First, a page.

Elmar Mock © European Patent Office

Elmar Mock - the man with an innate sense of invention

“It is through successive inventions, each one inspiring the next, that innovation contributes to human progress” says the Swiss engineer Elmar Mock. Portrait of a serial inventor, co-creator of the Swatch.

Mock suffered from severe dyslexia at school. The inventor makes no secret of the fact that he was a very poor learner. “It took me 11 years to complete nine years of compulsory education,” he admits. These travails shaped his character, laying the foundation for his life as an inventor. “Since childhood, I have learned to live with failure in an uncertain, haphazard world.” Born in 1954 in La Chaux-de-Fonds to an Austrian father and a Swiss mother from the canton of Valais, Mock has lived a life of twists and turns. He prefers the paths less trodden and never plans ahead – to avoid dulling his curiosity and sharpness of mind. “Invention is a form of discovery,” he says. “We search without knowing whether what we find will be of value in future. Yet, society dictates that we think of tomorrow and plan ahead. We are stuck on a treadmill. Planning kills innovation”.

Swatch 1983

Co-inventor of Swatch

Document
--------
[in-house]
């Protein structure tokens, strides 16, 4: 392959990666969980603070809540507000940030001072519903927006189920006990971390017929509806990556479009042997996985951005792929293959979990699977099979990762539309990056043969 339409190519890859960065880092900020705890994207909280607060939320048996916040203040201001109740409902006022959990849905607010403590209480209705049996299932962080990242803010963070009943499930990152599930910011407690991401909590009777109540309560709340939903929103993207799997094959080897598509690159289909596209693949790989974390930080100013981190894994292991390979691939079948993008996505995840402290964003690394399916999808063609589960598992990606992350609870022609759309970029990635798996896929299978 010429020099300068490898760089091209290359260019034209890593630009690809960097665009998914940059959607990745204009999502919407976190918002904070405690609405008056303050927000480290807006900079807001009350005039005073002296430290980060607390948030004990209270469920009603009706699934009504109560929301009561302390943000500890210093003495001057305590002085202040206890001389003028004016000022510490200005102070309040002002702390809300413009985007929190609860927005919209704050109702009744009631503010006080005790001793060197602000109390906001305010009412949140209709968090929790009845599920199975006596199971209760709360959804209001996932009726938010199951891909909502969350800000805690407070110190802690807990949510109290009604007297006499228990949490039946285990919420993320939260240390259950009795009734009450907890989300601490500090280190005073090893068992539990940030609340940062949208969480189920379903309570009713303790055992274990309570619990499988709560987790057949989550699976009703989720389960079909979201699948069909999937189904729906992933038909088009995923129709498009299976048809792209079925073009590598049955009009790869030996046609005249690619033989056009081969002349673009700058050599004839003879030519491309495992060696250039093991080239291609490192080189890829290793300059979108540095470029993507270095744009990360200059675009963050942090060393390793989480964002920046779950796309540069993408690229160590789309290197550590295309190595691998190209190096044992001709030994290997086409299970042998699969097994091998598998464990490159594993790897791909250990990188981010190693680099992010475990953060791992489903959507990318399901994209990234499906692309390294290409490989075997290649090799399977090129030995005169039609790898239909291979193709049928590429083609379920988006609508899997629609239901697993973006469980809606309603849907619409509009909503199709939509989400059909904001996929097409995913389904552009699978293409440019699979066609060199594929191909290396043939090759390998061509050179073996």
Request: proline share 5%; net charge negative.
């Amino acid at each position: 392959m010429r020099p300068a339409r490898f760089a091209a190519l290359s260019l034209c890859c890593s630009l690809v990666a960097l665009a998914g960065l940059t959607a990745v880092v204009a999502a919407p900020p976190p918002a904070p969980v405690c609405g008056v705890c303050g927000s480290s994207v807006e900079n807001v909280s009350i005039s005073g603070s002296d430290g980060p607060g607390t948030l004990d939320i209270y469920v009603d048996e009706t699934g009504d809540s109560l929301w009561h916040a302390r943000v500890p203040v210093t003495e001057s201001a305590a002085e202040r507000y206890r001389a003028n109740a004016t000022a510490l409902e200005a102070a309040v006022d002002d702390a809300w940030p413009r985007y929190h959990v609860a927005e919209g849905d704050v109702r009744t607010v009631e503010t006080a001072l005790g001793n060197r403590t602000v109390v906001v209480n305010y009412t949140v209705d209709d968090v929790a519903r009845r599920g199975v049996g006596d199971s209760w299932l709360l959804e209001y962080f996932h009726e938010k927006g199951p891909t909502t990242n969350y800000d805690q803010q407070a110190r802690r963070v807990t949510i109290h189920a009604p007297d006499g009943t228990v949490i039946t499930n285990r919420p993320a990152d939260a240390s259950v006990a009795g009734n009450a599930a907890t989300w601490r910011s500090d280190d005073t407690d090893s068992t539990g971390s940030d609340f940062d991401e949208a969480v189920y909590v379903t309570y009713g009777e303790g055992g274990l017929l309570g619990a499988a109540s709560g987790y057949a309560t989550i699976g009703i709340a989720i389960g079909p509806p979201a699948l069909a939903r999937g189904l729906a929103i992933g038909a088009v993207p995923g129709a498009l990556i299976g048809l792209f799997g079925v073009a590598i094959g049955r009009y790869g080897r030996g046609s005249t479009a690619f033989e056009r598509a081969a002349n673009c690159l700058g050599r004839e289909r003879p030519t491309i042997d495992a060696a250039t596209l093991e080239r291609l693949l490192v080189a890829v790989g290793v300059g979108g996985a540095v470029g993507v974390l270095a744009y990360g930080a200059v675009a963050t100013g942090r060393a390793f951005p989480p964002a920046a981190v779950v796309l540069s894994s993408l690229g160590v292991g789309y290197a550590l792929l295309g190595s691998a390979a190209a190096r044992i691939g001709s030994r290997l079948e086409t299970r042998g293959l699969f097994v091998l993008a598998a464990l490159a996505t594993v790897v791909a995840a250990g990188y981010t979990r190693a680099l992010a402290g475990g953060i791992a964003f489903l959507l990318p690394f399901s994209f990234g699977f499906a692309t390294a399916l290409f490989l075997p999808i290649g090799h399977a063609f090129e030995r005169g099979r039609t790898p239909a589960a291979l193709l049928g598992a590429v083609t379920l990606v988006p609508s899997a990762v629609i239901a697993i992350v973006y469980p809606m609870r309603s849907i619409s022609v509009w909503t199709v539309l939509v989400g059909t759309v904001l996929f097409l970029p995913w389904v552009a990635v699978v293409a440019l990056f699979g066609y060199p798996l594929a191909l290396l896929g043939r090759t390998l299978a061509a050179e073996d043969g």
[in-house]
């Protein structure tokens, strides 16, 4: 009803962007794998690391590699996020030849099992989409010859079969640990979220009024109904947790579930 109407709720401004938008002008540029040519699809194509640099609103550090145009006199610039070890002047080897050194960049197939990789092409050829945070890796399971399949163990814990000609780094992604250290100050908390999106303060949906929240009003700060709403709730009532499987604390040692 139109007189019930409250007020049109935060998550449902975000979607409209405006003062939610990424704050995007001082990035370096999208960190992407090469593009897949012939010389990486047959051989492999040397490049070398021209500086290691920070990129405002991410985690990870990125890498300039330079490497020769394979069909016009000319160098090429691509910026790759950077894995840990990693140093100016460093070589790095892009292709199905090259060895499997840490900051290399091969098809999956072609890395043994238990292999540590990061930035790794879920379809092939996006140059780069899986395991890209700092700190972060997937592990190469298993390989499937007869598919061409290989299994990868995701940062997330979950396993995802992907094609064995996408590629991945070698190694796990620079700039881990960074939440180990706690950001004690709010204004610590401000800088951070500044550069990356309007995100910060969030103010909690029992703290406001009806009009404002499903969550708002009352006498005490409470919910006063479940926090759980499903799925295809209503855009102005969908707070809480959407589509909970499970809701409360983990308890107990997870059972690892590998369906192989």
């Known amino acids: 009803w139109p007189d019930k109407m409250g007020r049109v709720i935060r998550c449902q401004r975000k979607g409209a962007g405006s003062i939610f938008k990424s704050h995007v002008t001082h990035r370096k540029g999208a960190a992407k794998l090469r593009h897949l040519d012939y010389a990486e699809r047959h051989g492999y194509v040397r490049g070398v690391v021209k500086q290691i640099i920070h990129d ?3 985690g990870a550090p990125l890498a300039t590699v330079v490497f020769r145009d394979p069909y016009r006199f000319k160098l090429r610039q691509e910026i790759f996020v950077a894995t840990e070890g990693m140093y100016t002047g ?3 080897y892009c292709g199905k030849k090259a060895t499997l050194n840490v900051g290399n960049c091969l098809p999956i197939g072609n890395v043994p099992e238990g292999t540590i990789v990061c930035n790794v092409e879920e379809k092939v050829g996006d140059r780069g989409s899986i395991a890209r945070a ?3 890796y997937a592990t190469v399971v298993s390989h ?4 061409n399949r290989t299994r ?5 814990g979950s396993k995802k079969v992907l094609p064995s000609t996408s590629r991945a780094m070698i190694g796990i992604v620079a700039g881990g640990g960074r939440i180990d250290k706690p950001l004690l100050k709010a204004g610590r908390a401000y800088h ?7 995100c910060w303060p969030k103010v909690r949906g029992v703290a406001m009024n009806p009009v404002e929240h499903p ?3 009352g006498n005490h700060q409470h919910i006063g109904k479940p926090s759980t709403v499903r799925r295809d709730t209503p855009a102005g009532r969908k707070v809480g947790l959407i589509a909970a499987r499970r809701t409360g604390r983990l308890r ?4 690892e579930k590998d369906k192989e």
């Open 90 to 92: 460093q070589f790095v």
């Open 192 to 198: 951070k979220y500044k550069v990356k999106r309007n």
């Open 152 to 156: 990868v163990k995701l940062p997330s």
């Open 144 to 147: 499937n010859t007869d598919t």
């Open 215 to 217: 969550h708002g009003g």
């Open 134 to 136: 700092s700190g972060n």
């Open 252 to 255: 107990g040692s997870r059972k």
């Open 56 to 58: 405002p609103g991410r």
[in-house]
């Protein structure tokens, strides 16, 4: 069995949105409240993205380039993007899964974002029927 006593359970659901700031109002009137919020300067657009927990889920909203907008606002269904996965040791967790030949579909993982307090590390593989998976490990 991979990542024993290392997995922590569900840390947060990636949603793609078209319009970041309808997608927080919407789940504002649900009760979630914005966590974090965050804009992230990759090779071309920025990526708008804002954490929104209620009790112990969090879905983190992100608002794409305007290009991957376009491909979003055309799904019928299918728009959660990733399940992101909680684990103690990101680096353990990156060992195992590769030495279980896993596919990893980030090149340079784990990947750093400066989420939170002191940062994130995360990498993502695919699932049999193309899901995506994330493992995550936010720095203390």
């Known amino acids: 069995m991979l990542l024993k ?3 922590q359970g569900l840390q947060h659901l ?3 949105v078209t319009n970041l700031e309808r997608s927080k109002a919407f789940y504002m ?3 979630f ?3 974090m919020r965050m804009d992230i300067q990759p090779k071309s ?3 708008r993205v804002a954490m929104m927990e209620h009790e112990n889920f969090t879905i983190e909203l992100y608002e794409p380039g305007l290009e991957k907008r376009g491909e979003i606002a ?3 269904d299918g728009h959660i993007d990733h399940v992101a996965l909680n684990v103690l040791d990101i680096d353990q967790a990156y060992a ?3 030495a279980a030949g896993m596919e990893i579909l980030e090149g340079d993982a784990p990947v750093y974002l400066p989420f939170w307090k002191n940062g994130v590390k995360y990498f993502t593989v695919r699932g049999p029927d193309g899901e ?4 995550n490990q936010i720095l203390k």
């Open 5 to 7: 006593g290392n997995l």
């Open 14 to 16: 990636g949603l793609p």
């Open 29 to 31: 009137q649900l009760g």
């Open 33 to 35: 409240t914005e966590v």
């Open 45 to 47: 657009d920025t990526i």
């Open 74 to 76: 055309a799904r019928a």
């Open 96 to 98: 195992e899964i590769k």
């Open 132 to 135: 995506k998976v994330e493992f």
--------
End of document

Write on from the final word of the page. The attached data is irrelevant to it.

Mock the innovator knows that the future will always differ from the here and now. And yet, none of Mock’s school teachers would have betted on him becoming one of the most gifted inventors of his generation. After initially training as a watchmaker, Mock earned a graduate degree in plastics technology and began his professional career at ETA where he was part of a young team of engineers. This was towards the end of the 1970s. The budding inventor felt ill at ease in the corporate environment, so he surrounded himself with other creative sparks who, like him, struggled with the conventions of the business world. Shared endeavours like this are at the core of everything Elmar Mock does. “I am always itching to work with other people,” he explains. “It stops me getting into a rut.”

Based on collaboration, he co-invented the iconic Swatch with watchmaker Jacques Müller in 1980. The two men benefited from the assistance of Ernst Thomke, the then CEO of ETA SA. The idea was to develop an ultrasonic welding technique that would help create the Swatch wristwatch. Their invention revolutionised watchmaking, paving the way for a new generation of design-driven analogue timepieces for the consumer market. It also heralded a new beginning for the Swiss watch industry after an era of crisis.

First sketch of the "Vulgaris" watch (March 27, 1980), which ultimately became the Swatch
First sketch of the "Vulgaris" watch (March 27, 1980), which ultimately became the Swatch © Elmar Mock

This welding technique would be a common element throughout Mock’s works, finding use in other applications such as bone surgery, the development of water-saving hand washers, and the construction of tiny piezoelectric motors. It also became the seedbed for his company Creaholic, which now develops innovative technological solutions for over 200 clients and has produced nine successful spin-offs.

Devoted to innovation